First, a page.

FLINS-SUR-SEINE, France (Reuters) – With temperature scanners on the door and tables partitioned by plexiglass shields in the breakout area, workers at one of Renault’s (RENA.PA) French plants are adjusting to new routines as carmakers try to cope with the coronavirus crisis.
Like peers across Europe, Renault is gradually ramping up production after stoppages linked to the outbreak, as governments begin to ease some lockdown rules.
Inside the Flins factory northwest of Paris, where Renault makes its electric Zoe models and the Micra car for its partner Nissan, sanitary protocols now restrict even the way coffee breaks are held – in a glimpse of measures to expect in other industries as shutdowns are further lifted.
Most retailers are due to reopen in France from May 11, while factories turning out trains and luxury goods are starting up again too.
At Flins on Wednesday, workers wound their way through tents at the entrance, where thermal scanners took their temperature.
Equipped with gloves and masks, employees took their place at marked out spots on the assembly line, and followed instructions to spray down their tools with disinfectant at the end of their shift.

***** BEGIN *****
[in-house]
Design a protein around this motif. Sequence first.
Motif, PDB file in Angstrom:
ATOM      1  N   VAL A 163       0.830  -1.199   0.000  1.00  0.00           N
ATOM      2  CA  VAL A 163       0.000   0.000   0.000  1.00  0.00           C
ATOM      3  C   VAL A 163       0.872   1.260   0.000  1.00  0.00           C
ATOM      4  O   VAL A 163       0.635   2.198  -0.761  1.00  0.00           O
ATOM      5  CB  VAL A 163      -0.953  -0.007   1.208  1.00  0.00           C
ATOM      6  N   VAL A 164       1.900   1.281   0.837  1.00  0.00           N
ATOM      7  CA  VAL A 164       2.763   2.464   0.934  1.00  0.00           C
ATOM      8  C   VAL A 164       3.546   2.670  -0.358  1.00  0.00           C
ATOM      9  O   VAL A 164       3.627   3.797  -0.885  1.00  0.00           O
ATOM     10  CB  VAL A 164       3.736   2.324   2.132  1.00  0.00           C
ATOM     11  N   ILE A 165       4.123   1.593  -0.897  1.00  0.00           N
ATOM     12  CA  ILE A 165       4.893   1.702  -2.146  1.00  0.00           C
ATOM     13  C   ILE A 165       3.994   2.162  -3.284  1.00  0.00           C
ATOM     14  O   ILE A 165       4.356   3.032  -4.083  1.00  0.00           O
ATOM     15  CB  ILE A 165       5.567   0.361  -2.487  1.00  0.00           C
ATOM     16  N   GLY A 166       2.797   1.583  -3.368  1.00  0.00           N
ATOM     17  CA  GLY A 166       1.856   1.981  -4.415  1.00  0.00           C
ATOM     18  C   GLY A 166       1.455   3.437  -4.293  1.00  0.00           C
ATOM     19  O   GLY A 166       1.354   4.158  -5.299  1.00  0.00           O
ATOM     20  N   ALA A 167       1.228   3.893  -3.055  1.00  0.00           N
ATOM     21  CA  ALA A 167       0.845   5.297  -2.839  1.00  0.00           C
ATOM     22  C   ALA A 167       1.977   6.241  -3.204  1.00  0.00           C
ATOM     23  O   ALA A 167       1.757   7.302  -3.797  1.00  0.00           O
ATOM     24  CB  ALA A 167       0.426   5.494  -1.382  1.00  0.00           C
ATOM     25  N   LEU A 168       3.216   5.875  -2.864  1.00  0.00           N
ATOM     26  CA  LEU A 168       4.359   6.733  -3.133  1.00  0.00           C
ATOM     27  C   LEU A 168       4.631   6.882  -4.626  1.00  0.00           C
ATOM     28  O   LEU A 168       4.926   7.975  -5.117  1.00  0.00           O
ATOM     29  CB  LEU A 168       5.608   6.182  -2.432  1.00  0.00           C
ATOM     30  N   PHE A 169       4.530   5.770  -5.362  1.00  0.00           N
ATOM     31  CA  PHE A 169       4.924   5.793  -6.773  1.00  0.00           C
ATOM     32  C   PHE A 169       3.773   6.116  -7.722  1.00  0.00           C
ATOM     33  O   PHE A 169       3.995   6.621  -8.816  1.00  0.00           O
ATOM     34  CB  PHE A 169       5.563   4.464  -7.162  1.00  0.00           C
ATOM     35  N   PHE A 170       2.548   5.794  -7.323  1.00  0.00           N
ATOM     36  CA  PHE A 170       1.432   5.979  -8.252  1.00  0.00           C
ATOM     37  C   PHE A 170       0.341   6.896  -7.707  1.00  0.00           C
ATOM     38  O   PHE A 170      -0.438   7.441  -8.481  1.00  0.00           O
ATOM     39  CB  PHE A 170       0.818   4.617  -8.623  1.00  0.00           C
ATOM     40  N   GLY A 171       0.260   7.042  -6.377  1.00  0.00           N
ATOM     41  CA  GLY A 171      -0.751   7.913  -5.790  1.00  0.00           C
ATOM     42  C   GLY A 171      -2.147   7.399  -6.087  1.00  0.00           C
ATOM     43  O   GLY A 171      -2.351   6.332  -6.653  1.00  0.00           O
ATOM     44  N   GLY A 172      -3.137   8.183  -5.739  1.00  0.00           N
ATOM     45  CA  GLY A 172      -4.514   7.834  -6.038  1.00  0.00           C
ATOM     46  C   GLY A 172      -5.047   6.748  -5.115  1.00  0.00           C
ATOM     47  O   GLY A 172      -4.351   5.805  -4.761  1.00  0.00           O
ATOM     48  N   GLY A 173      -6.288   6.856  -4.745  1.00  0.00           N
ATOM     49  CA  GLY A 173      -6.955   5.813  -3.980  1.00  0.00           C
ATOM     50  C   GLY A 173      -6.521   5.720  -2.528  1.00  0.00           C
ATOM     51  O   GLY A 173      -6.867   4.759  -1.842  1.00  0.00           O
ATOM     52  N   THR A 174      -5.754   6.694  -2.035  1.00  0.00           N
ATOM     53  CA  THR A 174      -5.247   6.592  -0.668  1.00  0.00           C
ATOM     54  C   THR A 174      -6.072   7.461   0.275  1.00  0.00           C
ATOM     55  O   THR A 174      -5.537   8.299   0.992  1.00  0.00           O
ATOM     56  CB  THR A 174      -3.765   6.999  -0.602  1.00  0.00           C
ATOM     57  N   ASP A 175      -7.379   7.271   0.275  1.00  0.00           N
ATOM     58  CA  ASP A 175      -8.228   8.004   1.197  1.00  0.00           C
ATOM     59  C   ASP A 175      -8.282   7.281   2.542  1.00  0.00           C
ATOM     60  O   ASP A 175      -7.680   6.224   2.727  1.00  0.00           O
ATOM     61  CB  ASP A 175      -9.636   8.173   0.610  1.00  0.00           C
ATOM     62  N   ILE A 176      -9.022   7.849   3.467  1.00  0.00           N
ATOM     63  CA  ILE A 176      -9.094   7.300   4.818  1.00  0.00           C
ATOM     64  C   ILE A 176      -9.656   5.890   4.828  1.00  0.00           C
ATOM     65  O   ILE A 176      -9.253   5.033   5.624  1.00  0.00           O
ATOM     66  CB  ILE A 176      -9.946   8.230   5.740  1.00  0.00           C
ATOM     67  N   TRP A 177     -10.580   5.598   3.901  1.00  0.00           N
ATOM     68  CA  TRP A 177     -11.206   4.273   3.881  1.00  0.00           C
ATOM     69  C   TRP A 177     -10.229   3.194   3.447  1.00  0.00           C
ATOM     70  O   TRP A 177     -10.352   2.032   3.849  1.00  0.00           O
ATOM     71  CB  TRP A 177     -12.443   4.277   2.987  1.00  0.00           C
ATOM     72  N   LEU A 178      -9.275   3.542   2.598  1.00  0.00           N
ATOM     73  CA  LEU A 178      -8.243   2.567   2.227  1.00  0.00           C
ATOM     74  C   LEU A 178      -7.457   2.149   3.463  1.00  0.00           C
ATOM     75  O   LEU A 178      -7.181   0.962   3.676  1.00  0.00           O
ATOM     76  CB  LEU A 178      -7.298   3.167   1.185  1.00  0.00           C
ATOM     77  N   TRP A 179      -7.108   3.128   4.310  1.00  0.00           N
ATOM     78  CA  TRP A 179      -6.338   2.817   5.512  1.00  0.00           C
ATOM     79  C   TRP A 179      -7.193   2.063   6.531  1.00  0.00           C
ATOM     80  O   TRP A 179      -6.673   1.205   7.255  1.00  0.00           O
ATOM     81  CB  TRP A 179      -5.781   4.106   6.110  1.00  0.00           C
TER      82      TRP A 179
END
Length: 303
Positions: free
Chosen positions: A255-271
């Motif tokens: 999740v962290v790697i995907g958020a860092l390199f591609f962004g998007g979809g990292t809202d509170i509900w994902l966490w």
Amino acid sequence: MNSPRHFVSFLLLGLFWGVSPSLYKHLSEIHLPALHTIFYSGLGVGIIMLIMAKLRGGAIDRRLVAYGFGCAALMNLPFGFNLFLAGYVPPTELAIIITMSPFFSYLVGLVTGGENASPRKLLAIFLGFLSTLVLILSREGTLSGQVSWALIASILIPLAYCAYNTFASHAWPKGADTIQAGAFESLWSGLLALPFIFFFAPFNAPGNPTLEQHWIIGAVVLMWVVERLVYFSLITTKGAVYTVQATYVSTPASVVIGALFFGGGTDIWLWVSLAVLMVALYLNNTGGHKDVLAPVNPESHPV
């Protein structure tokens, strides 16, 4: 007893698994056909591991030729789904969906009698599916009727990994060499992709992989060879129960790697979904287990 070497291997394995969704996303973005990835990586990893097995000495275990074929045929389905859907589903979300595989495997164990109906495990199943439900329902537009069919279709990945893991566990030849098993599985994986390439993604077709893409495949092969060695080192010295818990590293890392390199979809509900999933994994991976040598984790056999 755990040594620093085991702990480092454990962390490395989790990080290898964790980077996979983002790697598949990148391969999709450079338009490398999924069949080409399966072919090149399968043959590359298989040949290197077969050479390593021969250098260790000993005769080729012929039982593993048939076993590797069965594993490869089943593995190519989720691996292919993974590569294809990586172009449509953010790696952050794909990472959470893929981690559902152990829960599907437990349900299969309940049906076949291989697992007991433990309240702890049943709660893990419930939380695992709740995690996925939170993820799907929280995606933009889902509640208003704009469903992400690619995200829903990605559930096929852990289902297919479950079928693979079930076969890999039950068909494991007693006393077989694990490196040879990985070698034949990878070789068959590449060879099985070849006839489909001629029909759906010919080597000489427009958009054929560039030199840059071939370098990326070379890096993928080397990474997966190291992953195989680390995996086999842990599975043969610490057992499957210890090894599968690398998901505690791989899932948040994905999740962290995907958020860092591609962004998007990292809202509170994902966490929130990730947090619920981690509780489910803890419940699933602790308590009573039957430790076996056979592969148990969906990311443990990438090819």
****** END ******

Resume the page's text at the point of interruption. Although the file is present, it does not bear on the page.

During a 15 minute pause, colleagues chatted across the plexiglass shields separating them on tables of four.
While the measures have allowed Renault to get manufacturing off the ground again, it is still unclear when it might return to business as usual.
The health crisis has clobbered auto demand and dealerships are still closed in many countries, with car sales points only due to start reopening in France from next week.
Renault in particular was already struggling with faltering demand before the coronavirus crisis and looking to cost cuts.
“For the moment, we’re only working at half of our normal production capacity,” Jean-Luc Mabire, the head of the Flins factory told reporters. This was on account of health measures, he said, with only one shift operating a day instead of two to limit overlaps.
The site used to produce some 750 cars a day, and was now at 300 after reopening last week, Mabire added. Renault has restarted production at most of its plants worldwide except for in India and the majority of its other French plants, where workers have been placed on a state-funded partial unemployment scheme.
“It’s quite pleasant to see our colleagues again,” said Flins employee Joffrey Renard. “And for me, it’s also nice to have my salary back.”
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